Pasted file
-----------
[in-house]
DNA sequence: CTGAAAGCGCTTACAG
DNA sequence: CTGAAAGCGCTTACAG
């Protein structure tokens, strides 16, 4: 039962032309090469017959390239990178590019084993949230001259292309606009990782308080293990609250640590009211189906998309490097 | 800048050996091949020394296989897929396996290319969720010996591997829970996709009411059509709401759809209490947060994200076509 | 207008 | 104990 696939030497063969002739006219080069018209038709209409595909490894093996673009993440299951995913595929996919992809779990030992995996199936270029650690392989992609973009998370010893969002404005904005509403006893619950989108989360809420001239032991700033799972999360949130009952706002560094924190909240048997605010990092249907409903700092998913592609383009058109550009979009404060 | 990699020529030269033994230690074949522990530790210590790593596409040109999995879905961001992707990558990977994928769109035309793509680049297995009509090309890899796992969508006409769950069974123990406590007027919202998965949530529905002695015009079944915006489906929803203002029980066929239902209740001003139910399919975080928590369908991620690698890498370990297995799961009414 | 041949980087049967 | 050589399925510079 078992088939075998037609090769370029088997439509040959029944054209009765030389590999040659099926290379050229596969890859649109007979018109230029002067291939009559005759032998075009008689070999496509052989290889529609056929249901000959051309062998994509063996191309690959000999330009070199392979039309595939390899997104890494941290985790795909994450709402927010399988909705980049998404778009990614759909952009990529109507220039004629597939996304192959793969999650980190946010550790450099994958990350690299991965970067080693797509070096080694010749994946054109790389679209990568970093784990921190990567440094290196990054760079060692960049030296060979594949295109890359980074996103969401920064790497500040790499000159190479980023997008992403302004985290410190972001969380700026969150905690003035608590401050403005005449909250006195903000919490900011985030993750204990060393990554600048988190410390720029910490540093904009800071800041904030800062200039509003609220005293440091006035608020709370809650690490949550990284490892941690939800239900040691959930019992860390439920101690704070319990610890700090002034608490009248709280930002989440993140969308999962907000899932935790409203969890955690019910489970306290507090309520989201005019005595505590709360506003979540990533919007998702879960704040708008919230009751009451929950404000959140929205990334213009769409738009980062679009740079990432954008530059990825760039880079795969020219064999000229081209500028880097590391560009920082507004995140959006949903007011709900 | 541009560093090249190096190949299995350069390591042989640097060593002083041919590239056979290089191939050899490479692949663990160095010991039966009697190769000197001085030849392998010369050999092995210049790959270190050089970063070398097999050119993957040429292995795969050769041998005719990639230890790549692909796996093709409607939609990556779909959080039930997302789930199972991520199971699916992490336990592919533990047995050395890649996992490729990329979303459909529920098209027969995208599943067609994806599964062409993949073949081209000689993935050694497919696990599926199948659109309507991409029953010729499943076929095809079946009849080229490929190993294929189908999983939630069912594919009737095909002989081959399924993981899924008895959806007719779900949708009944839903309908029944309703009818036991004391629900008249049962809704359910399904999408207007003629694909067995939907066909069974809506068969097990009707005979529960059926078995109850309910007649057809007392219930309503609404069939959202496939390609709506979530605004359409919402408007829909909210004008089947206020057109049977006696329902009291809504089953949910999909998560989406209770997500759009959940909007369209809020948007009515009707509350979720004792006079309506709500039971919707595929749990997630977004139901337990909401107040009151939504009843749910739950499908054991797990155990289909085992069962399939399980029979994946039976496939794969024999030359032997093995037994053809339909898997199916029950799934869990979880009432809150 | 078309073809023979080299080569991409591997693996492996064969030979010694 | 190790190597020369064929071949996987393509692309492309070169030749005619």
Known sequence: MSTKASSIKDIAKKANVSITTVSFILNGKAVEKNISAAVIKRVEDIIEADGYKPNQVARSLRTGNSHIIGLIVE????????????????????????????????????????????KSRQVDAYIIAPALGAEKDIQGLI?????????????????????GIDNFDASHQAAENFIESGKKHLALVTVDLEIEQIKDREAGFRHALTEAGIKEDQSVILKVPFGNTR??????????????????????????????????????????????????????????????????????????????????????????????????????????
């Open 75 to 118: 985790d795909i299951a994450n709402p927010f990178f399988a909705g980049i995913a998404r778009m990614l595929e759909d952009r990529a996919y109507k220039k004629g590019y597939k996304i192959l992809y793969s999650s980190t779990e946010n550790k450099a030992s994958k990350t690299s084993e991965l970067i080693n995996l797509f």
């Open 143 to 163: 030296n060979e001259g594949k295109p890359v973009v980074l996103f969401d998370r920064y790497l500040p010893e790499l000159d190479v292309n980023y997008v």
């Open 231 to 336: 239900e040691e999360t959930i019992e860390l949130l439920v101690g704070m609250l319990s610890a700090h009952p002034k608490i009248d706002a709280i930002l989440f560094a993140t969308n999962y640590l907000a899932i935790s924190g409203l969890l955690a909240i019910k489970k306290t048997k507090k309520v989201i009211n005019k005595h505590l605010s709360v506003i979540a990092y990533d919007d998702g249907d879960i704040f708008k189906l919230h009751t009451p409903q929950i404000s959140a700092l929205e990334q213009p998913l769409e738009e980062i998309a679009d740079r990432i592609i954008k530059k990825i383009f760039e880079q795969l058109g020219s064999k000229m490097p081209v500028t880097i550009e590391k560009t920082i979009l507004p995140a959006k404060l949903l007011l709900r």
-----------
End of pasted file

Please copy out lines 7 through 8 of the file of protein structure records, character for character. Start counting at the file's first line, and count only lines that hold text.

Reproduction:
């Open 143 to 163: 030296n060979e001259g594949k295109p890359v973009v980074l996103f969401d998370r920064y790497l500040p010893e790499l000159d190479v292309n980023y997008v």
């Open 231 to 336: 239900e040691e999360t959930i019992e860390l949130l439920v101690g704070m609250l319990s610890a700090h009952p002034k608490i009248d706002a709280i930002l989440f560094a993140t969308n999962y640590l907000a899932i935790s924190g409203l969890l955690a909240i019910k489970k306290t048997k507090k309520v989201i009211n005019k005595h505590l605010s709360v506003i979540a990092y990533d919007d998702g249907d879960i704040f708008k189906l919230h009751t009451p409903q929950i404000s959140a700092l929205e990334q213009p998913l769409e738009e980062i998309a679009d740079r990432i592609i954008k530059k990825i383009f760039e880079q795969l058109g020219s064999k000229m490097p081209v500028t880097i550009e590391k560009t920082i979009l507004p995140a959006k404060l949903l007011l709900r």